The above is a tiny fraction of Dave MacPherson's 300-page book "The Rapture Plot," the most detailed and documented history of the "pre-tribulation rapture" view merchandised big time by John Hagee, Tim LaHaye, Jerry Falwell, Hal Lindsey, Jimmy Swaggart, Jack Van Impe etc. for their agendas - an escapist view that was never taught by any church before 1830!
MacPherson, BTW, has stated that all of his royalties have always gone to a nonprofit corporation and not to himself. To obtain a copy of his unique, eye-opening book, call 800.643.4645 or visit online bookstores. (Type in "Scholars Weigh My Research" on Google to read endorsements of it by many leading scholars.)
Do Hagee and his fellow preachers really love Jewish persons as much as they say they do? Then why do they pervert Scripture to try to get themselves raptured off earth before the final "tribulation" instead of wanting to be on earth during that period to minister love to ALL of earth's citizens?
Hagee stated on July 19, 2006 that "The United States must join Israel in a pre-emptive military strike against Iran to fulfill God's plan for both Israel and the West...." Which Bible verse inspired him to utter this - the one that says "Love ye your enemies" or the one saying "Vengeance is mine; I will repay, saith the Lord"?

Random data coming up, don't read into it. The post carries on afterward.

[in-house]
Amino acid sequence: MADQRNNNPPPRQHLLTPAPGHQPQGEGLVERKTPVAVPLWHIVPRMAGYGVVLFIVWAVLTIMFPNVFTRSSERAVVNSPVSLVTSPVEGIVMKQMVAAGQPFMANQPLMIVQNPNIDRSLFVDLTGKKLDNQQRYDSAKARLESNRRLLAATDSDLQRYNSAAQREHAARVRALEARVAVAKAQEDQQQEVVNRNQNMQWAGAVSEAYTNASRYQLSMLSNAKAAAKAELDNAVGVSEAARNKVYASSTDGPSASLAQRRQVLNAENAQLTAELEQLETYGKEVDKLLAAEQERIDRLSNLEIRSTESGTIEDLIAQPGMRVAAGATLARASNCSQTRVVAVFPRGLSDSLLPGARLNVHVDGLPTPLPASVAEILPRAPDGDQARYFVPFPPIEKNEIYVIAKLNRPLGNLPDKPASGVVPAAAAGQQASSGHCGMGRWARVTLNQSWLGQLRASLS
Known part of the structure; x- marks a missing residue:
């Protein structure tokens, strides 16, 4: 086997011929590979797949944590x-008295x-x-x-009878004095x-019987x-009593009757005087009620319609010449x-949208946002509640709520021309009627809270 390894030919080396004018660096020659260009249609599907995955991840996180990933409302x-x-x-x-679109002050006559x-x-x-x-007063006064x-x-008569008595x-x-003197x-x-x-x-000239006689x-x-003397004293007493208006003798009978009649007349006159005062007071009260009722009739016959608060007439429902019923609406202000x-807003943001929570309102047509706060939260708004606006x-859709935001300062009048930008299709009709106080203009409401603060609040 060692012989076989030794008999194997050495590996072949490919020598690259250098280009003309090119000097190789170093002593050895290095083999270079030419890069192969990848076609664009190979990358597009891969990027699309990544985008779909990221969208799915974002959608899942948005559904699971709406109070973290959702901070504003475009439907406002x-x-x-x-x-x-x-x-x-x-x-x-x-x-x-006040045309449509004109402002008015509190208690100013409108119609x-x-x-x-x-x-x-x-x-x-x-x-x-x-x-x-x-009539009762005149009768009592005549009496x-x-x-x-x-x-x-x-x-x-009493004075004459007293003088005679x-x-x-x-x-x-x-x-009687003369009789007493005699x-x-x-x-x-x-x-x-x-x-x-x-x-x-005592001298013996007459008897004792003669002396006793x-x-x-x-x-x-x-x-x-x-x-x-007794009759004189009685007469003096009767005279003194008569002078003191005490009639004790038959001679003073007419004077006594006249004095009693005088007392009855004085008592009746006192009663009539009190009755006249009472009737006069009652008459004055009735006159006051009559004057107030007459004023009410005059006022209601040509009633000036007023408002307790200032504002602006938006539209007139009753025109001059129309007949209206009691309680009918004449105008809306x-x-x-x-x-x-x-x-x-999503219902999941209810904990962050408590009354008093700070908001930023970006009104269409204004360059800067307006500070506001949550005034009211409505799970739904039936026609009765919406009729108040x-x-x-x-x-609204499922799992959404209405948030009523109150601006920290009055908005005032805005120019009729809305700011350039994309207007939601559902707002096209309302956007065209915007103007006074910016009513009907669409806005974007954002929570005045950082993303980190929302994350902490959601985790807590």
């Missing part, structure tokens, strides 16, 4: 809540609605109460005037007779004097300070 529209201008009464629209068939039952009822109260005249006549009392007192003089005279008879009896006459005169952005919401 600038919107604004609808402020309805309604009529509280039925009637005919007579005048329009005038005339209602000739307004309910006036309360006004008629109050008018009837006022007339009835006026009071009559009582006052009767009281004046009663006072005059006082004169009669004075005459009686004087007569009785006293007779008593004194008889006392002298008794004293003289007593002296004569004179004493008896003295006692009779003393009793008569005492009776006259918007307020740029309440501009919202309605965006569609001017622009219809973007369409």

It would appear that Hagee, Falwell and other rapture merchandisers and Christian Zionists are trying to identify with the predicted group whose love will "wax cold" (a la Matthew 24:12) during earth's darkest days!

 
At 10:01 PM, Anonymous PeaceMonger said...

"We can be supporters of Israel, even Zionists, and at the same time stand against this theology."

We can also be Christians, which means we will not be Zionists, and will stand against Christian [sic] and Jewish Zionism. Instead, we will stand for justice and peace.

 
At 11:29 PM, Blogger John Kettner said...

The United Nations created the modern state of Israel in 1947. That country has nothing to do with God, the Father. Christ Jesus died for the elect remnant and "Christian" Zionists are agents of Rome, looking to lead innocents astray and make a hefty financial profit while doing it.

 

Post a Comment

<< Home

/body>